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Jacksonville-area rescue groups help in Hurricane Michael’s aftermath

Jacksonville-area rescue groups help in Hurricane Michael’s aftermath

Jacksonville-area animal rescue groups have mobilized to help dogs and cats affected by Hurricane Michael. The Jacksonville Humane Society stopped taking in strays and owner surrenders leading up to the storm, in anticipation of needing to mobilize a response. On Monday, 100 cats and kittens from JHS and the Alachua County Humane Society were loaded on a Wings of Rescue flight, destined for Brandywine Valley SPCA in Delaware. The flight was funded by Malik’s Gifts, a foundation set up by Malik Jackson, of the Jacksonville Jaguars. ACHS was among the first to respond after Michael, and they have already received cats both evacuated ahead of the storm and after. For JHS, flying out the cats will free up space to allow them to continue to take in rescues. “We believe partnerships and collaboration save lives, and this is the perfect example of that. By leveraging relationships in a cooperative manner, we make greater impact. We are better together,” says JHS CEO Denise Deisler. First Coast No More Homeless Pets ventured to Brainbridge, Georgia this weekend, where they helped evacuate 145 dogs and cats from a shelter that has no power or running water and is dealing with other storm-related issues. They traveled with three trucks and a support van, which was carrying supplies.  “So many of our partners across the Panhandle and Southern Georgia were there to support our local relief efforts during Hurricanes Irma and Matthew, so this is just one more example of our collective commitment to saving lives,” says FCNMHP Founder and CEO Rick DuCharme.  Prior to this, they transported pet food and supplies to Shipley, Florida. They anticipate further relief efforts in the future.  Florida Urgent Rescue, Inc. has conducted several hurricane transports. They have pulled 19 dogs from rural shelters affected by the storm. They say they plan to continue going, as long as they can find places to take in the animals.  This group is just coming off Hurricane Florence rescue missions, which involved transporting 66 dogs and 58 cats to shelters and rescue groups in Minnesota, Michigan, Virginia, Georgia, New Jersey, and New York. They work in partnership with Delta Air Lines, Paws Humane Society, and other partners. As all of these organizations continue their rescue efforts, they’re asking for your donations and support. You can find links to donate on their respective websites.

Trump tells Warren he’ll honor $1 million bet on her Native ancestry if he ‘can test her personally’

Trump tells Warren he’ll honor $1 million bet on her Native ancestry if he ‘can test her personally’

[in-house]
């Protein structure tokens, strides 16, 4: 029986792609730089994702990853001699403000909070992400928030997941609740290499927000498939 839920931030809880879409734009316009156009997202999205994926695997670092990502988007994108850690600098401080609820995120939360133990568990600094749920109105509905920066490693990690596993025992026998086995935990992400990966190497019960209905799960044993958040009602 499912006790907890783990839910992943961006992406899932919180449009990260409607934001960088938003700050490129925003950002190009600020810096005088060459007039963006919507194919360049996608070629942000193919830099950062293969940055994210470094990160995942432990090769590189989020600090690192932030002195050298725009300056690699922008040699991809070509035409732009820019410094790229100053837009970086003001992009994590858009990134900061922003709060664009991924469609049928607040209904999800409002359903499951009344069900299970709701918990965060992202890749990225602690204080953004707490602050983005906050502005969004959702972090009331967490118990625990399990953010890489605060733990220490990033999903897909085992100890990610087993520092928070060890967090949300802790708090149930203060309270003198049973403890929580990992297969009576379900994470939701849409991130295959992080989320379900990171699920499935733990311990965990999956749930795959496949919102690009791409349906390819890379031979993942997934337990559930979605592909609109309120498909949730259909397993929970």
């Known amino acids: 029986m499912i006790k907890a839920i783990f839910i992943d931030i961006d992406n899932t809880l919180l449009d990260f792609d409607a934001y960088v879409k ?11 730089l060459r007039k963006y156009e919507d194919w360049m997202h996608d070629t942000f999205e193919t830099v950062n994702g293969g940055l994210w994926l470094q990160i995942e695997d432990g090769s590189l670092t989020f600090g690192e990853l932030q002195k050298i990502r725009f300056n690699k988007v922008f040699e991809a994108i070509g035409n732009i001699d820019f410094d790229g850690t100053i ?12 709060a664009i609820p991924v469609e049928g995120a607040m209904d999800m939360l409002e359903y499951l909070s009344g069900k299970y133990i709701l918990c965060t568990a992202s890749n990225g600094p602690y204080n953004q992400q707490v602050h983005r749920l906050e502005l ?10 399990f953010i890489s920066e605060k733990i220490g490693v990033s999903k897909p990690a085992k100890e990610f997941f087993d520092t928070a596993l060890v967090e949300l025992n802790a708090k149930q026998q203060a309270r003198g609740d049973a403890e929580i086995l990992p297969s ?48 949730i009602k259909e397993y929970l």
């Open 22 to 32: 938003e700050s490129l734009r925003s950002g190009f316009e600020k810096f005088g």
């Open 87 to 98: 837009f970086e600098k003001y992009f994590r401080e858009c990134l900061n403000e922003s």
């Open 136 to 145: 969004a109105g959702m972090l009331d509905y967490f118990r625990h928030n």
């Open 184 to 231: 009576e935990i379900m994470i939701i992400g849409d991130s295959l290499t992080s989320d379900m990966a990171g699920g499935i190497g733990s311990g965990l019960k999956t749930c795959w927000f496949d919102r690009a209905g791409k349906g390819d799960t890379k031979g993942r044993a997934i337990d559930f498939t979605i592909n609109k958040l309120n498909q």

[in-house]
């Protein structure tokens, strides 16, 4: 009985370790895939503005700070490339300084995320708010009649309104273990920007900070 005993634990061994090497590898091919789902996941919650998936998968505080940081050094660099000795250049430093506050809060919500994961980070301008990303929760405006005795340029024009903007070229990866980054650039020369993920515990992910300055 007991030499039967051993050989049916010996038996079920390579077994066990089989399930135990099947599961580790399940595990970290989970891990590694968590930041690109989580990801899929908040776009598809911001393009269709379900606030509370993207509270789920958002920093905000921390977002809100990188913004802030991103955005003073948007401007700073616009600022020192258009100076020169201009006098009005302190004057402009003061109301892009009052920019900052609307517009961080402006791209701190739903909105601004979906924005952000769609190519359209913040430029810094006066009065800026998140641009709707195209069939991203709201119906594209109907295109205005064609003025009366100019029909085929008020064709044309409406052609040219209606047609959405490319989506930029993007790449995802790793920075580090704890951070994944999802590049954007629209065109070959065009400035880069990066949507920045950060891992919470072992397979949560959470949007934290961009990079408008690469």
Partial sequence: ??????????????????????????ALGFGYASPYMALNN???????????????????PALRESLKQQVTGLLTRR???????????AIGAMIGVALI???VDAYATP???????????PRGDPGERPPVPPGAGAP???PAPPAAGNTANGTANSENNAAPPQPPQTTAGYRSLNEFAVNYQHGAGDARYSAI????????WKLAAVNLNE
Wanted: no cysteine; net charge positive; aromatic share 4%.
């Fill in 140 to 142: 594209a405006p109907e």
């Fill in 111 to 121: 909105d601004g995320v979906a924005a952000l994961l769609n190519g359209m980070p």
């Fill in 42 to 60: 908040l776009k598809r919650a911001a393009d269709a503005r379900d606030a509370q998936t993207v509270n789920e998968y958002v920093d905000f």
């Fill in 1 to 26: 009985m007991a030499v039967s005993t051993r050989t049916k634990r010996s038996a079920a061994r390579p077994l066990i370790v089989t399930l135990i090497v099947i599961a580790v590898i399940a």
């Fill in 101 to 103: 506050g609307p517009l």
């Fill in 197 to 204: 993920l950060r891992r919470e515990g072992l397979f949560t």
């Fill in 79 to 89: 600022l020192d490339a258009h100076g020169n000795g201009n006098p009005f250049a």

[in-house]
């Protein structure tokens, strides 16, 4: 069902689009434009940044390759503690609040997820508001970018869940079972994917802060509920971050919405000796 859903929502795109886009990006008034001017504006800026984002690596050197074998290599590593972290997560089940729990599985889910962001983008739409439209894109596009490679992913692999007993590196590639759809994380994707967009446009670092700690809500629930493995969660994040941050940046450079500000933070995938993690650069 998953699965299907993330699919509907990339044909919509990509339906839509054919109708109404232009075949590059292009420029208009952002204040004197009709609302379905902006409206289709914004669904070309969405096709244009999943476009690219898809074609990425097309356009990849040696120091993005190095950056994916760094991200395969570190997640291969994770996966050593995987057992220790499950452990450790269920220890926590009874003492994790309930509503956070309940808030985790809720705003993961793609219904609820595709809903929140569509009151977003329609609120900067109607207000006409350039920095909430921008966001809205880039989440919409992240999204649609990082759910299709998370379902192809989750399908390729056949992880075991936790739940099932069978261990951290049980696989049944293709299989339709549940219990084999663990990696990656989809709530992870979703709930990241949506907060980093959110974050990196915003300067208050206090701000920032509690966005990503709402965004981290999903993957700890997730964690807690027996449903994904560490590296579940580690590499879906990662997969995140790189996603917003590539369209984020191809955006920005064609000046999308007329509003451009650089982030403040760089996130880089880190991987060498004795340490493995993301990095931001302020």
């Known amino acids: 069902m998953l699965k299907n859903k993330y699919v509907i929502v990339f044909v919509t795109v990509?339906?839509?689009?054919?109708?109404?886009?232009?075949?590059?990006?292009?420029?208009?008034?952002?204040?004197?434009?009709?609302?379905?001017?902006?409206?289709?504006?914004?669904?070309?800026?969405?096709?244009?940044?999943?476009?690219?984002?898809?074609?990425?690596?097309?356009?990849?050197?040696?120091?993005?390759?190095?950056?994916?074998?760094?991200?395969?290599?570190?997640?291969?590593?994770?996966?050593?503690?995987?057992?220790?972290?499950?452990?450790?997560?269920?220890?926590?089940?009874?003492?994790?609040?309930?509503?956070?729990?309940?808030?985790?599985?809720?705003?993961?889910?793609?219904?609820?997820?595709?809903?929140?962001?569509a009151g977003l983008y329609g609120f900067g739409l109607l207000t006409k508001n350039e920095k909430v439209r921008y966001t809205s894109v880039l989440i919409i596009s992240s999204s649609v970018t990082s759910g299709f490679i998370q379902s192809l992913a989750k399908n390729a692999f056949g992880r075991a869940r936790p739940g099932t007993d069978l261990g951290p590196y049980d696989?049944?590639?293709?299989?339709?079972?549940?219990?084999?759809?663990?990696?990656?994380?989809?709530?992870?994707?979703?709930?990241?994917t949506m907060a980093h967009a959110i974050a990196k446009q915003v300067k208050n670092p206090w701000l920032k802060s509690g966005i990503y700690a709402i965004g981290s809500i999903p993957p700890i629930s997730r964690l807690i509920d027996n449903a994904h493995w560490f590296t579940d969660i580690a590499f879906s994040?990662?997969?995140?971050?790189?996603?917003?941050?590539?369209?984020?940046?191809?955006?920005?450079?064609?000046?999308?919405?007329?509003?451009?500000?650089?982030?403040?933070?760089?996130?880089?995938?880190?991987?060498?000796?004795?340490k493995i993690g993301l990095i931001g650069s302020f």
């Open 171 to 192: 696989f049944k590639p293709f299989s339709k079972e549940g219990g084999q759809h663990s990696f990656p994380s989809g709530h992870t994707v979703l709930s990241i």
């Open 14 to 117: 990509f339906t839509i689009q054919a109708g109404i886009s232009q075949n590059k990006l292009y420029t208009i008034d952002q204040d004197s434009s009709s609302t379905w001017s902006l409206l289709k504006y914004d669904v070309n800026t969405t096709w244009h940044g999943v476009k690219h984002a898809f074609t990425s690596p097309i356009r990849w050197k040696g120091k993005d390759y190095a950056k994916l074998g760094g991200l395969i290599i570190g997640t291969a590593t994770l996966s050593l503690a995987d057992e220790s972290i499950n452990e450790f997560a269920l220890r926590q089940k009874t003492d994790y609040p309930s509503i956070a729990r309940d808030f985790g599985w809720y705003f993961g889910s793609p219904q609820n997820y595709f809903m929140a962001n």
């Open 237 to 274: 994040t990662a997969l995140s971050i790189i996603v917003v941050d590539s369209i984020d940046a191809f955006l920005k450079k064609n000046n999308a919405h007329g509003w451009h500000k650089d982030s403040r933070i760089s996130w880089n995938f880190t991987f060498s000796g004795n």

Update 9:45 p.m. EDT Oct. 15: President Donald Trump responded to Sen. Elizabeth Warren’s (D-Mass.) announcement Monday that a DNA analysis proves she has Native American ancestry. >> Read more trending news  Trump has often taunted and mocked Warren using the term “Pocahantas” and has accused her of claiming a Native American ancestor to gain an advantage as a law professor. He vowed to contribute $1 million to her favorite charity if DNA analysis actually proved she had native ancestry. He changed his mind while touring storm-damaged areas in Georgia, telling reporters he initially offered the donation only if she agreed to a DNA test during a debate as the Democrat’s nominee for president. “I’ll only do it if I can test her personally, and that will not be something I will enjoy doing either,” he said, The Atlanta Journal-Constitution reported.  Also Monday, the Cherokee Nation offered a rare rebuke of Warren. 'Using a DNA test to lay claim to any connection to the Cherokee Nation or any tribal nation, even vaguely, is inappropriate and wrong,' the tribe’s secretary of state, Chuck Hoskin Jr., said in a statement, according to OKNews.com. 'It makes a mockery out of DNA tests and its legitimate uses while also dishonoring legitimate tribal governments and their citizens, whose ancestors are well documented and whose heritage is proven,” Hoskin said. Warren said earlier in the day that when “someone brings up my family story, I’ll use it to lift up the story of Native families and communities.” She said it’s an opportunity to highlight the work of the National Indigenous Women’s Resource Center (NIWRC). “I'll use it today to lift up the NIWRC and their amazing work to protect Native women from violence,” she said. Original story: Sen. Elizabeth Warren, D-Mass., has released an analysis of her DNA showing that she has Native American ancestry. An analysis of Warren's DNA sample showed she had a Native American ancestor in her family dating back six to 10 generations, according to WFXT. The release of the analysis comes after President Donald Trump has mocked her repeatedly for her claim that she has Native American blood, and repeatedly questioned her ancestry. >> Read more trending news  A Stanford professor, Carlos D. Bustamante, who was awarded a MacArthur genius grant for his work tracking population migration via DNA, performed the analysis of the DNA. His report says the majority of Warren's ancestry is European, but there is strong evidence to suggest that she has a Native American ancestor. Warren's office also released a video to YouTube, 'Elizabeth Warren's family story,' which directly addresses the attacks on her heritage by the President and includes interviews with her family. A 'Fact Squad' website with links to the DNA report and supporting documents was also launched. >> Watch the video here Last month, Warren spoke about her future during a town hall in western Massachusetts on Sept. 30. She said she'll take a 'hard look at running for president' after the November elections. Warren, a frequent critic of President Donald Trump, is running for re-election in November against GOP state Rep. Geoff Diehl, who was co-chairman of Trump's 2016 Massachusetts campaign. She has been at the center of speculation that she might take on Trump in 2020.